Update: This version of the story corrects an earlier reference to Peter Fenton’s holdings of Twitter shares.
Among the juicy nuggets are the exact details of stock-based compensation — and who owns the most of Twitter.
Dick Costolo, the current CEO, owns comparatively little of the company, thanks to his fairly late arrival on the scene. He owns just 1.6 percent of Twitter, with 7.6 million shares. As partial compensation, however, he does have millions of outstanding options which he can exercise, representing close to five million more shares.
But that still pales before Twitter founders Evan Williams, who has the lion’s share of Twitter at 12 percent and 56.9 million shares, and Jack Dorsey, who has been spending most of his time at Square in recent years. Dorsey has 23.4 million shares, or 4.9 percent of the pre-IPO company. And it also pales before a venture firm Benchmark Capital, which holds 31.6 million shares, or 6.7 percent of the company. Peter Fenton, Benchmark’s partner who was responsible for an early investment in Twitter and sits on the company’s board, will take home a small chunk of those shares, but the majority of them will go to Benchmark’s limited partners.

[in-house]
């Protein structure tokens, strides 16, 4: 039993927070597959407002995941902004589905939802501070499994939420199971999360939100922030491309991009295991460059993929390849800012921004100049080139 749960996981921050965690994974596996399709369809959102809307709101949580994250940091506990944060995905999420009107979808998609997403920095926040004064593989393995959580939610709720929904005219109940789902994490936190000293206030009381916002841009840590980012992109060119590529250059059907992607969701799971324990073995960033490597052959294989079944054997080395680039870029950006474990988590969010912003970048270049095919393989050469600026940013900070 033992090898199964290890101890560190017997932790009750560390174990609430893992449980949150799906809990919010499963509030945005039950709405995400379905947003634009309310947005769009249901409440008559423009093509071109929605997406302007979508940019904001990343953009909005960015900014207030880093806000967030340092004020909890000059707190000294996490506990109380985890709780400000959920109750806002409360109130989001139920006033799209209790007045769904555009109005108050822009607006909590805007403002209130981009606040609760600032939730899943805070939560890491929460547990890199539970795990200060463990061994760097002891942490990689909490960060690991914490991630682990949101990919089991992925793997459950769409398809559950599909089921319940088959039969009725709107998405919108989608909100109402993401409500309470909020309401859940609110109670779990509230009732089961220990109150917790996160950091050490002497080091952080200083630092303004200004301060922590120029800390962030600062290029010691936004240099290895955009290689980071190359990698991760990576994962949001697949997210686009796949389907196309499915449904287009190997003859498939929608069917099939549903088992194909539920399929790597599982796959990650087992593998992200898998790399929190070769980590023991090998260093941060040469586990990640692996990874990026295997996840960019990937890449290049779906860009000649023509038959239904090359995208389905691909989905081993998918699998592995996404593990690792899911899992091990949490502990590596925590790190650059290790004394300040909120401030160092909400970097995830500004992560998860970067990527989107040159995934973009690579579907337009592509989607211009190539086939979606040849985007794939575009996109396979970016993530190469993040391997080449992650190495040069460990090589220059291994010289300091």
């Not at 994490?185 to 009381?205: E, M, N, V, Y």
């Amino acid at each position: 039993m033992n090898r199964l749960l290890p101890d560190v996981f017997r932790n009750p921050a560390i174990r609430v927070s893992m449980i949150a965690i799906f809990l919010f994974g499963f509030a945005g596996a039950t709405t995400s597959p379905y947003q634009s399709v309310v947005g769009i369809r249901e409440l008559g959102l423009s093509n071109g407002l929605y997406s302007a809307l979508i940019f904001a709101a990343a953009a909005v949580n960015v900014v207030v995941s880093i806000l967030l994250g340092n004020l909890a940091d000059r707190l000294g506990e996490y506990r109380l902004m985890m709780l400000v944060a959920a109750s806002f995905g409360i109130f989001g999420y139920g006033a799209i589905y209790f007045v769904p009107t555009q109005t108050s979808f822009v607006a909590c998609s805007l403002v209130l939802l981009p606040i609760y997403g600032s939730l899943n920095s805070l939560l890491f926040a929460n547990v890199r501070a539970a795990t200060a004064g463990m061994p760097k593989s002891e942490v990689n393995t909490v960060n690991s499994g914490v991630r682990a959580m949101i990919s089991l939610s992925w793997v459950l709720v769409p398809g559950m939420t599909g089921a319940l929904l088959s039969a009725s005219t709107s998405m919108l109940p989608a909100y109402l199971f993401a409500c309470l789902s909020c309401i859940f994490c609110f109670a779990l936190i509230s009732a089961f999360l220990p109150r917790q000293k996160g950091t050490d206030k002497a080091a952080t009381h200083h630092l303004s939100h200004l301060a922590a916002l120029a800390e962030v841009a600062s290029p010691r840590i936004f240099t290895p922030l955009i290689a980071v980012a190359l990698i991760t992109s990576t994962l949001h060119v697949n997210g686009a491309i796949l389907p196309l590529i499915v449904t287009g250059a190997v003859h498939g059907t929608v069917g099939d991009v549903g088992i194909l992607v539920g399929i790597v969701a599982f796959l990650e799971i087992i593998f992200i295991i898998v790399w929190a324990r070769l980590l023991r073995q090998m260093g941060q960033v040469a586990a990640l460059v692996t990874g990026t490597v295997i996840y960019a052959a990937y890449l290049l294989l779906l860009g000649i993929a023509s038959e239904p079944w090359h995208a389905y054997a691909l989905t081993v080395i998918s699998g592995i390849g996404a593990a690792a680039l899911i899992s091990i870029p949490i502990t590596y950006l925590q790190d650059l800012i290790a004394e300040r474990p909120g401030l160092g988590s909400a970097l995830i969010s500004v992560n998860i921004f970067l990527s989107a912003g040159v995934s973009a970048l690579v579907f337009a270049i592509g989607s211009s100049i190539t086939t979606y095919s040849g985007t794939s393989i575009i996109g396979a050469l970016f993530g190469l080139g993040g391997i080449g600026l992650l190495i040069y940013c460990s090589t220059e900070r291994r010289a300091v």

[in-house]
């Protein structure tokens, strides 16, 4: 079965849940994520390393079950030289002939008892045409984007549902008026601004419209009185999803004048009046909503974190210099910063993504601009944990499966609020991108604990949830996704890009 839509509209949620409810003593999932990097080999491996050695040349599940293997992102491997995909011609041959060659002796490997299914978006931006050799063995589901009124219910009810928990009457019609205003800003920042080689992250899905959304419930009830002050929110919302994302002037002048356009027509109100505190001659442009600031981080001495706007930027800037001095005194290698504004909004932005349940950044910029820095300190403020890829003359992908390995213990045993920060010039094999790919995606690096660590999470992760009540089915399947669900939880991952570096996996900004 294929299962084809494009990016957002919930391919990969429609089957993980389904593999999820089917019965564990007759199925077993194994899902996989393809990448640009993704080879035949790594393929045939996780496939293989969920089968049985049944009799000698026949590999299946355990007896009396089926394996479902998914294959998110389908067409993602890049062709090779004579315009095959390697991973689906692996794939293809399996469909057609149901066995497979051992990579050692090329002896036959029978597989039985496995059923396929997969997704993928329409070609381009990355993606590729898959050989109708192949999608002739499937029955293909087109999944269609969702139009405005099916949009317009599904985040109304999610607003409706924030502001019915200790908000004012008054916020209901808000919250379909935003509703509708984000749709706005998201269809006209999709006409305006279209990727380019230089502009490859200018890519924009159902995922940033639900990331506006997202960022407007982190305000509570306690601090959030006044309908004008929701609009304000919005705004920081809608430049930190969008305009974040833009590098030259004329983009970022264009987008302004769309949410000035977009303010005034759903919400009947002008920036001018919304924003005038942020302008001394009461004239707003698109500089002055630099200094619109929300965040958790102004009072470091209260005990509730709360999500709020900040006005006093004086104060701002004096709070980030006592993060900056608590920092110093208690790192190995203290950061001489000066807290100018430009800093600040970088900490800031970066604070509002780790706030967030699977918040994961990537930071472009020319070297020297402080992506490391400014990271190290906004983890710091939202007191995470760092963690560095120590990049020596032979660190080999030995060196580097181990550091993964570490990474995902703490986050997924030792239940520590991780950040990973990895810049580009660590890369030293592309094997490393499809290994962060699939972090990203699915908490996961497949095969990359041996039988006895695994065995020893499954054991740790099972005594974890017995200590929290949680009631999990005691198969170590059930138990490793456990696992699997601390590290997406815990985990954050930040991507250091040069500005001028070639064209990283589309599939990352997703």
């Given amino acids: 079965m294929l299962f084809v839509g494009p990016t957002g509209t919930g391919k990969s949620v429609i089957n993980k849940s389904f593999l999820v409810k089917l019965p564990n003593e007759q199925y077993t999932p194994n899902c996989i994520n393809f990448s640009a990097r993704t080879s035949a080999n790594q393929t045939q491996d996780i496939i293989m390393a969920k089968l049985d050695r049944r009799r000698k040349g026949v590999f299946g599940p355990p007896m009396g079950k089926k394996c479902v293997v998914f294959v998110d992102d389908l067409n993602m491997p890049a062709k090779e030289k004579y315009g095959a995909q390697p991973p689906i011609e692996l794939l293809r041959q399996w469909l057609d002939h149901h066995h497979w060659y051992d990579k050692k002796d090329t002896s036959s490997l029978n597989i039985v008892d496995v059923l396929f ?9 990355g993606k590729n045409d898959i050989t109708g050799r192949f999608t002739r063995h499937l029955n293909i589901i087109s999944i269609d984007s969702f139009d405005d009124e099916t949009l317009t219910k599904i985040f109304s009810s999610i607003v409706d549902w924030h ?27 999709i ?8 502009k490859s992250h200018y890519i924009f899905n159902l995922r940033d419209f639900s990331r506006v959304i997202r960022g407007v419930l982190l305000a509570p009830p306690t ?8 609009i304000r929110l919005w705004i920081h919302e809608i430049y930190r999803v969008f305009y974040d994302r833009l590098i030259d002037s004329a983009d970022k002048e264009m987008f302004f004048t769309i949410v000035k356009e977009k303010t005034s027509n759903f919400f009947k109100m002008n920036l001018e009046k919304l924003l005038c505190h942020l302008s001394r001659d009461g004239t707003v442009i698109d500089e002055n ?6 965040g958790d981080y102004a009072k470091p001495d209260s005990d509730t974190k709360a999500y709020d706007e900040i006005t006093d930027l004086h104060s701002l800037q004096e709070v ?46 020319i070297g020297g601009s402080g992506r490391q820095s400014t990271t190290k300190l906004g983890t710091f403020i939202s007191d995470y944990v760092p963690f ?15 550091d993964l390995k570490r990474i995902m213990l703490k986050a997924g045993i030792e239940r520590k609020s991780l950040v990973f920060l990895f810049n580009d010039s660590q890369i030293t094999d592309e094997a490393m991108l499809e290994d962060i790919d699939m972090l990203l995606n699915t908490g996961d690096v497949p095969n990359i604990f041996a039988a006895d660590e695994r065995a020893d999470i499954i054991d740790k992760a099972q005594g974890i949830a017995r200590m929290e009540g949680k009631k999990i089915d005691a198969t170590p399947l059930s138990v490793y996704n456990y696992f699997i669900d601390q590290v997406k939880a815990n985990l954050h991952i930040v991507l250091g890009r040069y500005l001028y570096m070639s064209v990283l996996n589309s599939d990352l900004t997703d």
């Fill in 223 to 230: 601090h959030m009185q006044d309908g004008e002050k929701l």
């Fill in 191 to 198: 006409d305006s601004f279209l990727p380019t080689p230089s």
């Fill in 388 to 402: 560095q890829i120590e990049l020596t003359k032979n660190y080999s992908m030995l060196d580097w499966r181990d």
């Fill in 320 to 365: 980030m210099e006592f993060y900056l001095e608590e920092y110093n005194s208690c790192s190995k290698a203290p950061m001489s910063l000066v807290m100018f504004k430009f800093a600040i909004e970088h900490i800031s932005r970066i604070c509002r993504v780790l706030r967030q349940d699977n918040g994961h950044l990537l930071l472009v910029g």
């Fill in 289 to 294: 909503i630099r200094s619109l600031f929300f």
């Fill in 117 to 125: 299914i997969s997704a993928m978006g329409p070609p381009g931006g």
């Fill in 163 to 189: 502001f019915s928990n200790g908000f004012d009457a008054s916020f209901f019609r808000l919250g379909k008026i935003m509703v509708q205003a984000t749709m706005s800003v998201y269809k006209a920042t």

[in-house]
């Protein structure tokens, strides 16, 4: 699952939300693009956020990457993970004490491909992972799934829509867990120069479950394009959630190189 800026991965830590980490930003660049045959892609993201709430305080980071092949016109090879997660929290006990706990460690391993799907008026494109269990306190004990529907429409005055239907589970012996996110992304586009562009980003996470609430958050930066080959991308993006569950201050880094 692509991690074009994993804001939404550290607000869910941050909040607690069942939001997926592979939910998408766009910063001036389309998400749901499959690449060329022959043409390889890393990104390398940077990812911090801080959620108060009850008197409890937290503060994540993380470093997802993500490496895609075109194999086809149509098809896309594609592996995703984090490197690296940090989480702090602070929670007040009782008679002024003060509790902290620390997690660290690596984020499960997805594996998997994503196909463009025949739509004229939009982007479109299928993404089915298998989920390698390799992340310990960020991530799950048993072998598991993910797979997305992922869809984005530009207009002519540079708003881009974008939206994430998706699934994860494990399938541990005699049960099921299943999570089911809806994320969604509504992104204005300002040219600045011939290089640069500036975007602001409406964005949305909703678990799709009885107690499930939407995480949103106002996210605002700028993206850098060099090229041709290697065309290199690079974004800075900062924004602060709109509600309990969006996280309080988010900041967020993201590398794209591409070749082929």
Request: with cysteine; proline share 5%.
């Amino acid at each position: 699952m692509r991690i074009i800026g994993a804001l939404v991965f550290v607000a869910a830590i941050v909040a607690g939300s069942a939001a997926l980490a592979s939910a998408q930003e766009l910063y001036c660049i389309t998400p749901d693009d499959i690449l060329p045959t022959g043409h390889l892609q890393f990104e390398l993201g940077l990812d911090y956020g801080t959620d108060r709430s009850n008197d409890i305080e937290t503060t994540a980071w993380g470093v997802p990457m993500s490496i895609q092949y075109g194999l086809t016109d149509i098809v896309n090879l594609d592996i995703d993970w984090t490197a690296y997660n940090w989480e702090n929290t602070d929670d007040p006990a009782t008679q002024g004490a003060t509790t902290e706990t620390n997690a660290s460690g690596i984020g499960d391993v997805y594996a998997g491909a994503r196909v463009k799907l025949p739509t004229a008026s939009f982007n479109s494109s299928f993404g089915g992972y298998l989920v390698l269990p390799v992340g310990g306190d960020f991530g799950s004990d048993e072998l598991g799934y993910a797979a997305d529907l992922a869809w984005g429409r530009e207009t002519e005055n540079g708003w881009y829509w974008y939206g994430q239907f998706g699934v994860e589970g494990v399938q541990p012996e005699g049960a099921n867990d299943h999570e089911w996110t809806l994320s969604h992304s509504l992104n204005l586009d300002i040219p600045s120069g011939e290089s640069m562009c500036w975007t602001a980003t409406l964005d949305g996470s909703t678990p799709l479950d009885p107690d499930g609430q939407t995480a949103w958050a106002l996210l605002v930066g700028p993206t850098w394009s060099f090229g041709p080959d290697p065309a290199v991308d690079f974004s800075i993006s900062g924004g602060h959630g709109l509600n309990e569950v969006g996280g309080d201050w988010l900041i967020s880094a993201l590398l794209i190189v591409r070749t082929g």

Other major owners of Twitter stock include investment firms such as Union Square Ventures, Spark Capital, and DST Global. In the S-1 filing, they are listed as “5 percent stockholders.”
Twitter is also keeping a serious war-chest of stock with which to continue to retain and attract staff. The company expects to incur expenses of $530 million over the next four years for stock-based compensation:
Twitter had initially been planning to raise $1.5 billion in its IPO with shares offered at perhaps $28-30. It has since trimmed the amount that it seeks to raise to just $1 billion, and it has not released any information yet about a projected share price.
At just $20, however, Evan Williams’ 57 million shares would be worth a staggering $1.14 billion. At $30, they’d be worth $1.7 billion.
Not bad for a 140-character per tweet social network.